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Bull World Health Organ. Jan 2004; 82(1): 24–30.
Published online Feb 26, 2004.
PMCID: PMC2585869

Certification of polio eradication: process and lessons learned.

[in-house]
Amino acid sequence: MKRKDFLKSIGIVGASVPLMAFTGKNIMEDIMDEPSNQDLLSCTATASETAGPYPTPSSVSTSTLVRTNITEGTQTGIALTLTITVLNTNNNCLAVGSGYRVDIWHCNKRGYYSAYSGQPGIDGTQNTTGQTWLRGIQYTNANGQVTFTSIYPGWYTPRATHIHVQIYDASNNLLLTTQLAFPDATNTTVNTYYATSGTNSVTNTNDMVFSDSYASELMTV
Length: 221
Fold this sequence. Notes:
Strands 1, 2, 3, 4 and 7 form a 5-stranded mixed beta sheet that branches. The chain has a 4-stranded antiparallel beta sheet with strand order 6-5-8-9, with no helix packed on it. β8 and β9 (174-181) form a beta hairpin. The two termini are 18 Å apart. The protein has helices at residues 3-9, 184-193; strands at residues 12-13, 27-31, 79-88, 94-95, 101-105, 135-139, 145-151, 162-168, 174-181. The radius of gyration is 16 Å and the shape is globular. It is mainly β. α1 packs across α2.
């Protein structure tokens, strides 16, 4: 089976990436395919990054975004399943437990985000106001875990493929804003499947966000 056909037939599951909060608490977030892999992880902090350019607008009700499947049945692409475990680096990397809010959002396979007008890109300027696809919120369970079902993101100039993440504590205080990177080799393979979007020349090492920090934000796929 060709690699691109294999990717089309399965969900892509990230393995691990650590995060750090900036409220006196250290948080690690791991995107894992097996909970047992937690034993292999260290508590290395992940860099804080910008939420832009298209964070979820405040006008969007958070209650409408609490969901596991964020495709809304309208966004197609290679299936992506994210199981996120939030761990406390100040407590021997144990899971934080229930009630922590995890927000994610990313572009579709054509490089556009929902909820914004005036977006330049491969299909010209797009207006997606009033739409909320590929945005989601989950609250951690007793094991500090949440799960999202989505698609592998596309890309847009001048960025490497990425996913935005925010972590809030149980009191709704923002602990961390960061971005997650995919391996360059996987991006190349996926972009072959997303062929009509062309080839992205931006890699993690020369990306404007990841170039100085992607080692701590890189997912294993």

Since the 1988 World Health Assembly resolution to eradicate poliomyelitis, considerable progress has been made towards interrupting the transmission of wild poliovirus globally. A formal process for the certification of polio eradication was established on the basis of experience gained during smallpox eradication. Independent groups of experts were designated at the global, regional, and country levels to conduct the process. The main requirements for the global certification of the eradication of wild poliovirus are the absence of wild poliovirus, isolated from suspect polio cases, healthy individuals, or environmental samples, in all WHO regions for a period of at least three years in the presence of high-quality, certification-standard surveillance and the containment of all wild poliovirus stocks in laboratories. Three WHO regions--the Region of the Americas (1994), Western Pacific Region (2000), and European Region (2002)--have already been certified free of indigenous wild poliovirus. Eradication and certification activities are progressing well in the three endemic regions (African, Eastern Mediterranean, and South-East Asia). Several challenges remain for the certification of polio eradication: the need for even closer coordination of certification activities between WHO regions, the verification of laboratory containment, the development of an appropriate mechanism to verify the absence of circulating vaccine-derived polioviruses in the future, and the maintenance of polio-free status in certified regions until global certification.

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